Category: Destructive Dams

Hydroelectric dams threaten Brazil’s mysterious Pantanal – one of the world’s great wetlands

The Pantanal is the world’s largest tropical wetland and covers an area slightly larger than England. It lies mostly on a huge floodplain at the foot of Brazil’s southwestern highlands, but a fraction also spills over into Bolivia and Paraguay. In the wet season, from October to April, water washes down from those highlands bringing with it nutrients and fish and leaving most of the region underwater. When the rains finish, and the ground dries up, the landscape changes once again. Seasonal variation on such a massive scale means the Pantanal contains a diverse range of plants and animals that have adapted to thrive in standing water or waterlogged soil. The region is home to more than 1,000 bird species and 300 mammals including the jaguar, capybara, giant otter and tapir.

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Alaknanda Leaves Uttarakhand Villages High and Dry

The river Alaknanda holds a special, sacred place for Indians. One of the two headstreams of the holiest river Ganga, Alaknanda originates from glaciers at the head of the Alaknanda valley in Uttarakhand’s Chamoli district. It runs a 190-km-course in the state’s hilly districts of Pauri Garhwal, Rudraprayag and Tehri before merging with Bhagirathi that originates from the Gangotri glacier in the Himalayan state’s Uttarkashi district. The Bhagirathi flows for 205 kilometres before meeting Alaknanda at Uttarakhand’s Devprayag town to become the Ganga. The Alaknanda, however, has been reduced to a shallow stream in many places now. Many villages located along the course of the Ganga in Uttarakhand are suffering from severe water shortage as the construction of dams for hydropower projects have sucked the river dry.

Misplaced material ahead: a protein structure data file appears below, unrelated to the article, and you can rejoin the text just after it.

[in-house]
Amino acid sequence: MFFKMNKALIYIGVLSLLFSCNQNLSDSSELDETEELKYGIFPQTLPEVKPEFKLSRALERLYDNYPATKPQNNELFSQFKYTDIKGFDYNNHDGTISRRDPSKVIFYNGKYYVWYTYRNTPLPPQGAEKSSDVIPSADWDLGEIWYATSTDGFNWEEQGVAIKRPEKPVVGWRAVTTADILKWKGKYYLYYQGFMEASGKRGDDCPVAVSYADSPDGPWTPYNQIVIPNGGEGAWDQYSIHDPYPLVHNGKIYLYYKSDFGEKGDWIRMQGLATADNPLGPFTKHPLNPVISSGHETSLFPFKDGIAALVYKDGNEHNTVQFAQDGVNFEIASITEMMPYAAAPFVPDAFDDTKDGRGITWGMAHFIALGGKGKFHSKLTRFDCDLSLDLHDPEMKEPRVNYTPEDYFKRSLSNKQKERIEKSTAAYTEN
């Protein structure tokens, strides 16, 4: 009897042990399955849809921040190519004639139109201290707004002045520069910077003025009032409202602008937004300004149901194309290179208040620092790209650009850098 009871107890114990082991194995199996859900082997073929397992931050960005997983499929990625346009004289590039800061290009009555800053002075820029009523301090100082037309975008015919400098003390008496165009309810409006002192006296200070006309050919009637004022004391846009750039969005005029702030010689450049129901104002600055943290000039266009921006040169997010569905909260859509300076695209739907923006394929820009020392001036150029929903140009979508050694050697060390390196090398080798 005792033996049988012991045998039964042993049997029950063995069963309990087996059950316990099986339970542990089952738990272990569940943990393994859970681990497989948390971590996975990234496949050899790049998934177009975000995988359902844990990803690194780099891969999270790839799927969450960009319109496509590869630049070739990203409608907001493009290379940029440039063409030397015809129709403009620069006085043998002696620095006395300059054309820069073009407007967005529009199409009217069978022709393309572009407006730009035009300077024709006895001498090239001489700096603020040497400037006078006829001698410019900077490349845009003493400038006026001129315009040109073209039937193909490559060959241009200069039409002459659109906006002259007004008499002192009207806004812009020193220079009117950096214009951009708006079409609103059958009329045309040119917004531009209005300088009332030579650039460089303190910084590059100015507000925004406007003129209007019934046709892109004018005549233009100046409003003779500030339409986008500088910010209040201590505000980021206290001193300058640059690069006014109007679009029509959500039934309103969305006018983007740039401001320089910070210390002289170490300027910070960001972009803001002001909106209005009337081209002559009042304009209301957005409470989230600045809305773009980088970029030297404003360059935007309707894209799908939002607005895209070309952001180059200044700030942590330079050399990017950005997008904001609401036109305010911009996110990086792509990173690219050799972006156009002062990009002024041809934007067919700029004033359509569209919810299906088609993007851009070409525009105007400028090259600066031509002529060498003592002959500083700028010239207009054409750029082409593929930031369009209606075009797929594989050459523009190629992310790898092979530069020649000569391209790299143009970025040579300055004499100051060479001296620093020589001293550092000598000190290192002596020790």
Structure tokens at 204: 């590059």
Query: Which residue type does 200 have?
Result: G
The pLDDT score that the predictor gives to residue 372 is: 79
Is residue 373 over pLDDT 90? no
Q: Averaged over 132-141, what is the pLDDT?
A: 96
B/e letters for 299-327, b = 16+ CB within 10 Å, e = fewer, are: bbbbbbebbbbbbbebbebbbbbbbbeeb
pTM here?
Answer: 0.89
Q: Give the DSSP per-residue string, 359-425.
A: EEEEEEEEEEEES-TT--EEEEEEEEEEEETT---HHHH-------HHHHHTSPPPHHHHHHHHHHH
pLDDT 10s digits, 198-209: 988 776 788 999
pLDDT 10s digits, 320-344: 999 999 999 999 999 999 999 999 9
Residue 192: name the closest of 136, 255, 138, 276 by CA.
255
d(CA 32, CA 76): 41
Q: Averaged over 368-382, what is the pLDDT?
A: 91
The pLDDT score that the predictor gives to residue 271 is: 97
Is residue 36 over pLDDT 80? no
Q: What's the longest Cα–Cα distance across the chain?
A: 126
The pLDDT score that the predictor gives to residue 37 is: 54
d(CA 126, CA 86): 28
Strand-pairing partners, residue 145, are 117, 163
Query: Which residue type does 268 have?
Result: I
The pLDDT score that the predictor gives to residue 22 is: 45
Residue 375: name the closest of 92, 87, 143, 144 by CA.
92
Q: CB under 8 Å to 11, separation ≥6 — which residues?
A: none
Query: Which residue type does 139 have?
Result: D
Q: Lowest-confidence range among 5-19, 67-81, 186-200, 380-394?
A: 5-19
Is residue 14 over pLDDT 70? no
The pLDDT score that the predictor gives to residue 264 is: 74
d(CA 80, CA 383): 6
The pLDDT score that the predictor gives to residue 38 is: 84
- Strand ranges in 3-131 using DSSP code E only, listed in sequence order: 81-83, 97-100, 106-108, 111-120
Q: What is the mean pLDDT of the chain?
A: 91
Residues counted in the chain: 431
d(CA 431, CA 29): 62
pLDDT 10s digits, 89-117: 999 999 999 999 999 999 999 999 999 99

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Dammed or Damned: Why Are Dams Undesirable In The 21st Century?

Rivers in different parts of the world have been dammed to fulfill human needs like water for irrigation, industries and domestic supplies, to control floods, and to produce electricity. These have often been celebrated as human victory over nature, glorified as engineering marvels and claimed variously as highest, longest, etc as a matter of national pride. But rarely has there been a holistic assessment, or appreciation of what a dam does to the natural entity called a river and its adverse impacts on all the associated life forms, including humans.

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